Between now and 2030, about 1.6 billion people will reach working age in low and middle income countries. Together with sustaining and improving the quality of self and wage employment of the billions of people already working, creating new jobs to absorb those reaching working age will be a significant challenge. All sectors need to contribute, including the food system, particularly given its large relative size in many countries, and that it accounts for a significant share of jobs in all countries. The food system comprises more than just primary agricultural production. It includes food storage, processing, distribution, transport, associated logistics, retailing, preparation, restaurants, promotion, and other services that together include many enterprises and a relatively large share of jobs in the manufacturing and services industries in many countries. The farming (or agriculture) share of total employment still dominates in many countries, accounting for about 60 percent of total employment in Sub-Saharan Africa, and almost 70 percent of total employment in low-income countries globally. Inclusive of employment in the broader food system, these shares would be larger. For example, in Malawi and Tanzania, food and beverages account for more than 40 percent of total manufacturing employment. Even in some high-income countries such as New Zealand, the food and beverage share of manufacturing employment is more than 35 percent, driven primarily by exports. In the European Union, the food and beverages industry provides a larger share of employment than other manufacturing sectors, it provided more stable employment during the financial crisis, and has a higher share of women employed than overall manufacturing. Increasing the number and inclusiveness of jobs in the food system will require attention to food system growth, employment intensity, and inclusion of youth and women. Food system growth: Food demand is projected to grow by about 25 percent in developing countries over the next 15 years, with demand growing in Sub-Saharan African by 55 percent. With changing diets as per capita incomes increase, non-cereal food demand, and the associated jobs, is projected to grow faster than demand for cereals, and food services and manufacturing will also expand more rapidly than farming, although from a fairly low base in many countries. With urbanization, food demand growth will be more rapid in urban areas than rural areas. These trends offer new opportunities for jobs in non-cereal, higher value, production, and in off-farm food manufacturing and services. Key action areas for promoting growth in food value chains in response to consumer demand include: raising agricultural productivity; investing in complementary infrastructure; improving the rural investment climate and trade; promoting competition, private sector participation, and entrepreneurship; and upgrading skills. Employment intensity: Employment intensity varies across different stages of the food value chain. In addition, mechanization and automation, while raising incomes per job, reduce the number of jobs per unit of output. There is ongoing debate on the extent and speed at which machines and automation will displace jobs in low- and middle-income countries during the next 15 years, and the role of policy. Polices need to ensure that they don’t undermine employment intensity relative to long-term trends. Key action areas include: in response to shifting demand, promote high-value agriculture that often has higher employment intensities than cereal production; open trade to different types of machinery imports and crowd in private sector provision of mechanized services, and avoid policies that artificially make machinery cheap relative to labor (such as credit/tax policies, and labor movement restrictions). Inclusion of women and youth: Inclusion of youth and women into food system labor markets will be paramount for equity and social stability. The population below the age of 24 accounts for the largest share of the population in almost all countries in Sub-Saharan Africa, but also in many countries in South Asia, East Asia, Latin America, and the Middle East and North Africa. Yet youth aged 15 to 24 years old are two to three times more likely than adults to be unemployed. Youth can bring energy, entrepreneurial talent, and innovative ideas that can help raise growth and incomes. However, if a large share of youth cannot find jobs and earn satisfactory incomes, they may become a source of social tension. Key actions to facilitate inclusion of women and youth include: developing their skills and facilitating job matching, improving their access to land, increasing their access to affordable finance, and improving their inclusion in policy dialogue and program design. The world has set ambitious Sustainable Development Goals. Jobs provide the incomes needed to end poverty and improve shared prosperity. Slowing global growth, concerns about automation, and inequality of incomes and opportunities are adding urgency and attention to the jobs agenda. The food system can play a critical role. Indeed, it is the largest employer in many countries, and improved incomes in the food system can have significant poverty-reducing effects. The agenda is large and will require prioritization within countries, and partnerships to implement. Ministries of agriculture need to play a more prominent role in shaping the broader public policies and investments related to food system jobs. The process requires engaging with the private sector as the key provider of jobs. Development partners need coordinated and multi-sectoral efforts around countries programs. Together we can help enhance the food systems contribution to jobs. About the author: Juergen Voegele is Senior Director, Agriculture Global Practice at The World Bank Group.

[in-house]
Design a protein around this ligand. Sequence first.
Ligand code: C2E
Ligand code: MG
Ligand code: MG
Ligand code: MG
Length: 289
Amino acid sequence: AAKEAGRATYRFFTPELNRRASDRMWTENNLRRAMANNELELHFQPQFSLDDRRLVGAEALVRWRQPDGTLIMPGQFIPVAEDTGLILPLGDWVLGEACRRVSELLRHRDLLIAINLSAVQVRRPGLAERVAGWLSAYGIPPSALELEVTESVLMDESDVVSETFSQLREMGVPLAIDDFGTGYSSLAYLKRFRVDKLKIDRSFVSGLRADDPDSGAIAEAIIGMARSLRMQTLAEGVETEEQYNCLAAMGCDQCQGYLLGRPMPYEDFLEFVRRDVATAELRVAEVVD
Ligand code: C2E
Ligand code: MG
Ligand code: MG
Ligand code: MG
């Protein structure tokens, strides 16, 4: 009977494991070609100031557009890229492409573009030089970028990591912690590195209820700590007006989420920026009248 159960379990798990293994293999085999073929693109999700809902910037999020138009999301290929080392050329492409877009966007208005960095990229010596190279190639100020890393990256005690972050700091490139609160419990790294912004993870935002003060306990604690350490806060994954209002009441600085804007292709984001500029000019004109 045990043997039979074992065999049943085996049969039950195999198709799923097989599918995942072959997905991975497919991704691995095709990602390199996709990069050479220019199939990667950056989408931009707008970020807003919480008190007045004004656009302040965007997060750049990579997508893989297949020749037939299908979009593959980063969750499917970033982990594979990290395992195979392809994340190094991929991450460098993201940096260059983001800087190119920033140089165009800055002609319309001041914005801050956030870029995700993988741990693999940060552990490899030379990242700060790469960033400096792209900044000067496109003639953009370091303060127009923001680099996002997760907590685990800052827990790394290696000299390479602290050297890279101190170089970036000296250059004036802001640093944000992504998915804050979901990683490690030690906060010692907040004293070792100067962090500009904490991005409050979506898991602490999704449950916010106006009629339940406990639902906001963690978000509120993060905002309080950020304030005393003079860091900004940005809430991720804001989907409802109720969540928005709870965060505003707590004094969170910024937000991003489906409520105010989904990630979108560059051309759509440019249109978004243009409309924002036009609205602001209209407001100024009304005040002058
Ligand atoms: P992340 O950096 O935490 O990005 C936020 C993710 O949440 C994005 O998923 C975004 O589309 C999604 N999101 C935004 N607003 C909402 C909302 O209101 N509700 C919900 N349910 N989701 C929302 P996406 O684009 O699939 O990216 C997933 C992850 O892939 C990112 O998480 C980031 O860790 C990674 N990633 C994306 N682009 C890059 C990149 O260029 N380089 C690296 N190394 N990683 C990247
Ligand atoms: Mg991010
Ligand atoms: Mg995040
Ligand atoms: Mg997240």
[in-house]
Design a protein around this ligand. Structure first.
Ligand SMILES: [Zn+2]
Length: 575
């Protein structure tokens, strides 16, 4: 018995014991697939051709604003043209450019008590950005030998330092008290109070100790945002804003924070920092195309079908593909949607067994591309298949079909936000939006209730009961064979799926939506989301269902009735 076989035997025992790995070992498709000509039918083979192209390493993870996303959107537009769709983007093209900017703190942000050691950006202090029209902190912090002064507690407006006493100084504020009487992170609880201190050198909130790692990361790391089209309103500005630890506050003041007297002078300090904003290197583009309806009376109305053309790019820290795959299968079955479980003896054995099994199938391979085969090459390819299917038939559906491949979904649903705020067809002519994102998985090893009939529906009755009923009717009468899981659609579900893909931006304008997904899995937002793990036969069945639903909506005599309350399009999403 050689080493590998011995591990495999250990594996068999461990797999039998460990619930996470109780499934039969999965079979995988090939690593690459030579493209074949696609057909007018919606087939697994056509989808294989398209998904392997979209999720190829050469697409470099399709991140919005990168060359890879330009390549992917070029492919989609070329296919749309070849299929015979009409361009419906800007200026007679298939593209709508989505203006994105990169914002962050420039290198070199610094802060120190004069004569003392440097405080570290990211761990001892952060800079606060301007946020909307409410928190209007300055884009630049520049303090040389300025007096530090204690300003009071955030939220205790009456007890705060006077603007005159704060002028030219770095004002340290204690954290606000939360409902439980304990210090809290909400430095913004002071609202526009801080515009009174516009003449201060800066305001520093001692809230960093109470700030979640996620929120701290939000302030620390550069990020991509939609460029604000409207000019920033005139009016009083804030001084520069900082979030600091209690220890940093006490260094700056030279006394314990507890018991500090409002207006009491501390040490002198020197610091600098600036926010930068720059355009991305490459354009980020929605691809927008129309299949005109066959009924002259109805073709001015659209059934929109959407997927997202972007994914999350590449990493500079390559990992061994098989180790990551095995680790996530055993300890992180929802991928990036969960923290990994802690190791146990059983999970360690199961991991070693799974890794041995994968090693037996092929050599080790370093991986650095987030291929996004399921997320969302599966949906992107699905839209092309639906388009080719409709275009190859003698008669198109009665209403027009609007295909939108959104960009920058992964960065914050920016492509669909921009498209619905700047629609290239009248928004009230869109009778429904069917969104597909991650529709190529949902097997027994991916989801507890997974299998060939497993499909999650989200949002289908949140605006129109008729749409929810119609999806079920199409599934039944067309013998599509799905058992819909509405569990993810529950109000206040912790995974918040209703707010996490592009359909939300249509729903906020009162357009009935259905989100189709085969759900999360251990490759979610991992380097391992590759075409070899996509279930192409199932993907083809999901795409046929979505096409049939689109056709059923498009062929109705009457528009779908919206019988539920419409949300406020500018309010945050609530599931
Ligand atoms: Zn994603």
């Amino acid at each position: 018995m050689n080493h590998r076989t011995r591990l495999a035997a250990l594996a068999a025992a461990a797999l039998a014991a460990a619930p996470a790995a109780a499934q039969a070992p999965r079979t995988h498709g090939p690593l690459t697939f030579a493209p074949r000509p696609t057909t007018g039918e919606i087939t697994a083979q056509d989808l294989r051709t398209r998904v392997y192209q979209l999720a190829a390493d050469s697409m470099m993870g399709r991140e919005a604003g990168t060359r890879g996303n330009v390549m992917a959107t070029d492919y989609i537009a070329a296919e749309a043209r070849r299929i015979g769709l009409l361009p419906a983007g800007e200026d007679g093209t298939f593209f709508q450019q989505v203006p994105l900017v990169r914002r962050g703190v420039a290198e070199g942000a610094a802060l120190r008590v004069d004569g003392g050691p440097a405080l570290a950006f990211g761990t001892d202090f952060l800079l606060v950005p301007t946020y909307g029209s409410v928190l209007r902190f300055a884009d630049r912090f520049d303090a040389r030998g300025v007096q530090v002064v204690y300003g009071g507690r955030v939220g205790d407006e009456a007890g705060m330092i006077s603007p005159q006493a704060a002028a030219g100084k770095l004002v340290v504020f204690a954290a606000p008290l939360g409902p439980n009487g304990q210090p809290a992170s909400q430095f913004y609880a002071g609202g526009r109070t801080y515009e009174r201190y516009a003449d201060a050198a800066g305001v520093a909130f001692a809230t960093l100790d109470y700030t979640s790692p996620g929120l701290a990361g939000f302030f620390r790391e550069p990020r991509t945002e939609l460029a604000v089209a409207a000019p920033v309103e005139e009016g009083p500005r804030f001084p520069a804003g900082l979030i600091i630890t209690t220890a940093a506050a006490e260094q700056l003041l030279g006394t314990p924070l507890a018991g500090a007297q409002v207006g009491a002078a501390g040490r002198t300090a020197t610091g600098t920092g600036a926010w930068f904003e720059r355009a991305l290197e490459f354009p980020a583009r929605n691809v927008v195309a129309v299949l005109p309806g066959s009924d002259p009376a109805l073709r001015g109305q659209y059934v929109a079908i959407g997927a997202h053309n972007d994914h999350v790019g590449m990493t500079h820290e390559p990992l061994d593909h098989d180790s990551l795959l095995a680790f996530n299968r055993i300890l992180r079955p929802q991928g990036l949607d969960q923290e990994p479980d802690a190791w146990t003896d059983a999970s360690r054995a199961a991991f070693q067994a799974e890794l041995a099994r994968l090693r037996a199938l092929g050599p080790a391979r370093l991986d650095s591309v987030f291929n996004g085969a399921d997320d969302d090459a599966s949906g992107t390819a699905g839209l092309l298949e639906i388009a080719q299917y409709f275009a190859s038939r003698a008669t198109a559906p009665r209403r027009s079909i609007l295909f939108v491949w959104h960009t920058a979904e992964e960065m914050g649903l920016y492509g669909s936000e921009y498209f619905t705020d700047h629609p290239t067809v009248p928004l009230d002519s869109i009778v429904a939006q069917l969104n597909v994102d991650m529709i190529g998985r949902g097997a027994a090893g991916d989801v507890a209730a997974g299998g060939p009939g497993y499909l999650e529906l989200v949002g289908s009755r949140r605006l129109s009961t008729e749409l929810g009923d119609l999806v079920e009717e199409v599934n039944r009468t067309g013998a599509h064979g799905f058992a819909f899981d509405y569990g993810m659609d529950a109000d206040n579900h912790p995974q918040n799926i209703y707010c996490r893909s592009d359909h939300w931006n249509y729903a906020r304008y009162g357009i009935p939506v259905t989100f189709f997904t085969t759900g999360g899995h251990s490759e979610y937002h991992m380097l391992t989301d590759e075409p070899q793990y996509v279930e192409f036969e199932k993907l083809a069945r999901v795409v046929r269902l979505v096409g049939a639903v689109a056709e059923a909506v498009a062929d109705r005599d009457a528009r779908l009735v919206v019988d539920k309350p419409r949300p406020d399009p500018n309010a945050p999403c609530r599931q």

The views presented in this article are the author’s own and do not necessarily represent the views of any other organization.